Sunday, December 4, 2011
Oddfellow's Orphanage by Emily Winfield Martin
This story has the flavor of an old Victorian children's story and I like it a lot. It's simple, filled with odd characters, and it's a pleasant story to read.
Random House Books for Young Readers sent me a copy of this ebook for review (thank you). It will be published at the end of January, so look for a copy then.
It all starts with a shout in the middle of the night that it's time to collect another child. The owner of orphanage takes off in a carriage drawn by two bears and returns with a tiny, tow-headed, mute girl. She's newly orphaned and has many "different" children to meet in her new home.
The nicest message here is that being different doesn't matter. If only more people in this world felt that way...
Delia can't speak and has white hair. Another girl is from a tattooed family and has her whole body covered with them. One girl came with two birds and they stay with her all the time. The oddest of all are the human-sized hedgehog and the boy with the onion head. But all fit into life at the orphanage. They have lessons, they have fun, and they really are like one big family.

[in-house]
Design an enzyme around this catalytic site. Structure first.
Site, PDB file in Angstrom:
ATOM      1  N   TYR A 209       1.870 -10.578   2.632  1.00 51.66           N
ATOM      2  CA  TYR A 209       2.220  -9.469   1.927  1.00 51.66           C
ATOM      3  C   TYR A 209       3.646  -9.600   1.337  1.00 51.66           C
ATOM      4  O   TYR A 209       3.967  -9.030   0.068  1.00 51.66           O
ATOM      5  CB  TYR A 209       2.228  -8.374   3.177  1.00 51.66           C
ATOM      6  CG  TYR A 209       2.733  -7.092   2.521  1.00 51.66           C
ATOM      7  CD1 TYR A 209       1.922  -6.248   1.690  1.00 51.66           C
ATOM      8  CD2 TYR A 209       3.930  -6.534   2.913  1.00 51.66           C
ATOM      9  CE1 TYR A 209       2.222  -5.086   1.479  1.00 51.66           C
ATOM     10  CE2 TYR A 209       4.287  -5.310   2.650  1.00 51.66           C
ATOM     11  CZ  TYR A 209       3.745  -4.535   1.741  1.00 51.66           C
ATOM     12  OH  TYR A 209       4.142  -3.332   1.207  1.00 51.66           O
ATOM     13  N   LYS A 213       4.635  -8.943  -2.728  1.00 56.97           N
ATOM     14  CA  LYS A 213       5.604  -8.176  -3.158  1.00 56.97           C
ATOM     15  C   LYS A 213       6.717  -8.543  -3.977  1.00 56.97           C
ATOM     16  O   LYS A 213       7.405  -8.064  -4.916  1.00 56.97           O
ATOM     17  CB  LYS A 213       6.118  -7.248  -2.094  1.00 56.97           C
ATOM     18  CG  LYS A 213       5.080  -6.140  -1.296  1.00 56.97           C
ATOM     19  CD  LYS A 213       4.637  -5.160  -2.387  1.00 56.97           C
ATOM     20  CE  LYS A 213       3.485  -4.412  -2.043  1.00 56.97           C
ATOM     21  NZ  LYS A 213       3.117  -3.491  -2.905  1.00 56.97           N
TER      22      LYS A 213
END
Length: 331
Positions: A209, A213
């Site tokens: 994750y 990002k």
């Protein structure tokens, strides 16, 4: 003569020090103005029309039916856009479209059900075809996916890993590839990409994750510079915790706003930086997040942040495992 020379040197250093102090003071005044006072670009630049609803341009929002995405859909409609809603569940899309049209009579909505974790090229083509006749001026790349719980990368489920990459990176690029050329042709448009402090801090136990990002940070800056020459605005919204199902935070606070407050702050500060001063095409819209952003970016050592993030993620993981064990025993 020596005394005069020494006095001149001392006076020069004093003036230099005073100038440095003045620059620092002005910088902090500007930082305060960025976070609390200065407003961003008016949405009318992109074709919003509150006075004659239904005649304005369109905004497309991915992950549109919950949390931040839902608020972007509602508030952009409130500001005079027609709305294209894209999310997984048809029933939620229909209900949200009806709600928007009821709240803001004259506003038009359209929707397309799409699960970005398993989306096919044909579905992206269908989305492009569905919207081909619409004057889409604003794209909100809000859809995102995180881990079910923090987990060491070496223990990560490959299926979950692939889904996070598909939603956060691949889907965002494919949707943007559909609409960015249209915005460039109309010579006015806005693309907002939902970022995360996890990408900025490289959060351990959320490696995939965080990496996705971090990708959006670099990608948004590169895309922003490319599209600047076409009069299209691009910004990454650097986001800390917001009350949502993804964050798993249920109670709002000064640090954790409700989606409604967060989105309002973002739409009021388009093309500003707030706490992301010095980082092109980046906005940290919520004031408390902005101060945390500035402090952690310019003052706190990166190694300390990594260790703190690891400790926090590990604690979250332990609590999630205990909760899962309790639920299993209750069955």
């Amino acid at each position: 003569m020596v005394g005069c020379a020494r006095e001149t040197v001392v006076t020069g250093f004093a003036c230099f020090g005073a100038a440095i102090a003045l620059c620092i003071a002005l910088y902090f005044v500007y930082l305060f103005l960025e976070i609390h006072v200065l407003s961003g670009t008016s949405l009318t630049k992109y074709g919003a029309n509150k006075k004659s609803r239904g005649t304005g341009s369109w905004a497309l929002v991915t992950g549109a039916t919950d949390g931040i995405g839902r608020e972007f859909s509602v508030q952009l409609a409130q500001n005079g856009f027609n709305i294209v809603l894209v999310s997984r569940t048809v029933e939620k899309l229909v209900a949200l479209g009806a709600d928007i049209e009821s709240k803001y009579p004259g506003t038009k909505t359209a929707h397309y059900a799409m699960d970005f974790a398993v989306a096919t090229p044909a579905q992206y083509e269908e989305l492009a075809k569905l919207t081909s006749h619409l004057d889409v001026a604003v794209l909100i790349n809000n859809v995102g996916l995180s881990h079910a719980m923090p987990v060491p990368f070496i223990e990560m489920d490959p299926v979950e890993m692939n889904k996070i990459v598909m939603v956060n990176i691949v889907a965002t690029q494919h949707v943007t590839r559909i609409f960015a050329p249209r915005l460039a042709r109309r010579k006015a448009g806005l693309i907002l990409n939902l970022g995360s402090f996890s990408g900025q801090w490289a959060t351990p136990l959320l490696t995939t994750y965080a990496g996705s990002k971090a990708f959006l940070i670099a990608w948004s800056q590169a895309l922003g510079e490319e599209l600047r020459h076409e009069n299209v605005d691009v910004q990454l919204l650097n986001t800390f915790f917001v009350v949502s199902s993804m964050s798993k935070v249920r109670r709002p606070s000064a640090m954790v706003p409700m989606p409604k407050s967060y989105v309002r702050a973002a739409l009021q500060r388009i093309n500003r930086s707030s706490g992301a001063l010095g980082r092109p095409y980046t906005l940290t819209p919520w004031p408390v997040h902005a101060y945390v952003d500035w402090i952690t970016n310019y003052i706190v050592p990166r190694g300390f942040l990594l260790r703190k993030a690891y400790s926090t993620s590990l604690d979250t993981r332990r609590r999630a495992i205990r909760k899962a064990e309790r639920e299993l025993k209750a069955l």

It's a good, fun read that should fascinate young readers with imaginations. Besides all the make believe, it also teaches a lesson in tolerance. Being different doesn't make you bad. You can still be a friend.